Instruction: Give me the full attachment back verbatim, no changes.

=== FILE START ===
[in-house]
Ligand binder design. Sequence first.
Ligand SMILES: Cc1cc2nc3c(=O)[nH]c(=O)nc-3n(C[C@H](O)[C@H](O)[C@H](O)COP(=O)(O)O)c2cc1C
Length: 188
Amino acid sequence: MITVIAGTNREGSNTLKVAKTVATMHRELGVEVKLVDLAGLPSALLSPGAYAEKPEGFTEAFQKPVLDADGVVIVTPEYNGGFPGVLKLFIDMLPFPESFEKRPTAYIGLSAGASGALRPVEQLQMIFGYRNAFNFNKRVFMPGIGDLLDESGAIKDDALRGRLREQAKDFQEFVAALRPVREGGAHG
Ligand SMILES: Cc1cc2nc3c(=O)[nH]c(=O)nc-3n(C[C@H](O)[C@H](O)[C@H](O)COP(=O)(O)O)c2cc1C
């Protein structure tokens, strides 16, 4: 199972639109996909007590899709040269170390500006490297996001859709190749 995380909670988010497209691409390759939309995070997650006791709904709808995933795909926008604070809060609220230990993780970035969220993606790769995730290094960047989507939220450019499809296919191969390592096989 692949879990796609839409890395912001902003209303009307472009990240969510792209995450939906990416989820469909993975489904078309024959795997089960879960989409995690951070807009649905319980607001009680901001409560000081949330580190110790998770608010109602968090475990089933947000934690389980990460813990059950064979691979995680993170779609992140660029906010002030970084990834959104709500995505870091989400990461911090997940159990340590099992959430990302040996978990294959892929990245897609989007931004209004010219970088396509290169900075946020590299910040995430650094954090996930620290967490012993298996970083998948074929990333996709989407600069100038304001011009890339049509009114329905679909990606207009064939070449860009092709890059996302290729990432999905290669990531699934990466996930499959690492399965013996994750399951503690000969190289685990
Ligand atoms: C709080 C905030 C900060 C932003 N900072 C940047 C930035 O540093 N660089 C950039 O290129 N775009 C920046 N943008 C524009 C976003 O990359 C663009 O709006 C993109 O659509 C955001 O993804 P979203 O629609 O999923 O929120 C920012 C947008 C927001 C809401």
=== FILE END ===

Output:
[in-house]
Ligand binder design. Sequence first.
Ligand SMILES: Cc1cc2nc3c(=O)[nH]c(=O)nc-3n(C[C@H](O)[C@H](O)[C@H](O)COP(=O)(O)O)c2cc1C
Length: 188
Amino acid sequence: MITVIAGTNREGSNTLKVAKTVATMHRELGVEVKLVDLAGLPSALLSPGAYAEKPEGFTEAFQKPVLDADGVVIVTPEYNGGFPGVLKLFIDMLPFPESFEKRPTAYIGLSAGASGALRPVEQLQMIFGYRNAFNFNKRVFMPGIGDLLDESGAIKDDALRGRLREQAKDFQEFVAALRPVREGGAHG
Ligand SMILES: Cc1cc2nc3c(=O)[nH]c(=O)nc-3n(C[C@H](O)[C@H](O)[C@H](O)COP(=O)(O)O)c2cc1C
């Protein structure tokens, strides 16, 4: 199972639109996909007590899709040269170390500006490297996001859709190749 995380909670988010497209691409390759939309995070997650006791709904709808995933795909926008604070809060609220230990993780970035969220993606790769995730290094960047989507939220450019499809296919191969390592096989 692949879990796609839409890395912001902003209303009307472009990240969510792209995450939906990416989820469909993975489904078309024959795997089960879960989409995690951070807009649905319980607001009680901001409560000081949330580190110790998770608010109602968090475990089933947000934690389980990460813990059950064979691979995680993170779609992140660029906010002030970084990834959104709500995505870091989400990461911090997940159990340590099992959430990302040996978990294959892929990245897609989007931004209004010219970088396509290169900075946020590299910040995430650094954090996930620290967490012993298996970083998948074929990333996709989407600069100038304001011009890339049509009114329905679909990606207009064939070449860009092709890059996302290729990432999905290669990531699934990466996930499959690492399965013996994750399951503690000969190289685990
Ligand atoms: C709080 C905030 C900060 C932003 N900072 C940047 C930035 O540093 N660089 C950039 O290129 N775009 C920046 N943008 C524009 C976003 O990359 C663009 O709006 C993109 O659509 C955001 O993804 P979203 O629609 O999923 O929120 C920012 C947008 C927001 C809401």